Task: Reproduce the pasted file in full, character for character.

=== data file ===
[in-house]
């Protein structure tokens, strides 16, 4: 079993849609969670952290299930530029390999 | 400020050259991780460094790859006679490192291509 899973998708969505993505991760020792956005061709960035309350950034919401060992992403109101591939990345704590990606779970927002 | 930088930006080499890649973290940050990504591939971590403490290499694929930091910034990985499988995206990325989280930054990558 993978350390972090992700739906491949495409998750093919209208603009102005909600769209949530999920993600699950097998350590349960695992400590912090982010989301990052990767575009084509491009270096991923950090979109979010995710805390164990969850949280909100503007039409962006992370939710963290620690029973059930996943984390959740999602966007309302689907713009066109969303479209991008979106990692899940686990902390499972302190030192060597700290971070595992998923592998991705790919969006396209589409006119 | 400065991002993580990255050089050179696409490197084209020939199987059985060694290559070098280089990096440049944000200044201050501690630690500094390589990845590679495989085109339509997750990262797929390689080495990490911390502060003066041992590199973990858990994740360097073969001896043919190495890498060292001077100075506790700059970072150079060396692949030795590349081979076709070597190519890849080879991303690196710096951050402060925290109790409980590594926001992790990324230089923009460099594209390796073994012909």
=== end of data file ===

[in-house]
């Protein structure tokens, strides 16, 4: 079993849609969670952290299930530029390999 | 400020050259991780460094790859006679490192291509 899973998708969505993505991760020792956005061709960035309350950034919401060992992403109101591939990345704590990606779970927002 | 930088930006080499890649973290940050990504591939971590403490290499694929930091910034990985499988995206990325989280930054990558 993978350390972090992700739906491949495409998750093919209208603009102005909600769209949530999920993600699950097998350590349960695992400590912090982010989301990052990767575009084509491009270096991923950090979109979010995710805390164990969850949280909100503007039409962006992370939710963290620690029973059930996943984390959740999602966007309302689907713009066109969303479209991008979106990692899940686990902390499972302190030192060597700290971070595992998923592998991705790919969006396209589409006119 | 400065991002993580990255050089050179696409490197084209020939199987059985060694290559070098280089990096440049944000200044201050501690630690500094390589990845590679495989085109339509997750990262797929390689080495990490911390502060003066041992590199973990858990994740360097073969001896043919190495890498060292001077100075506790700059970072150079060396692949030795590349081979076709070597190519890849080879991303690196710096951050402060925290109790409980590594926001992790990324230089923009460099594209390796073994012909």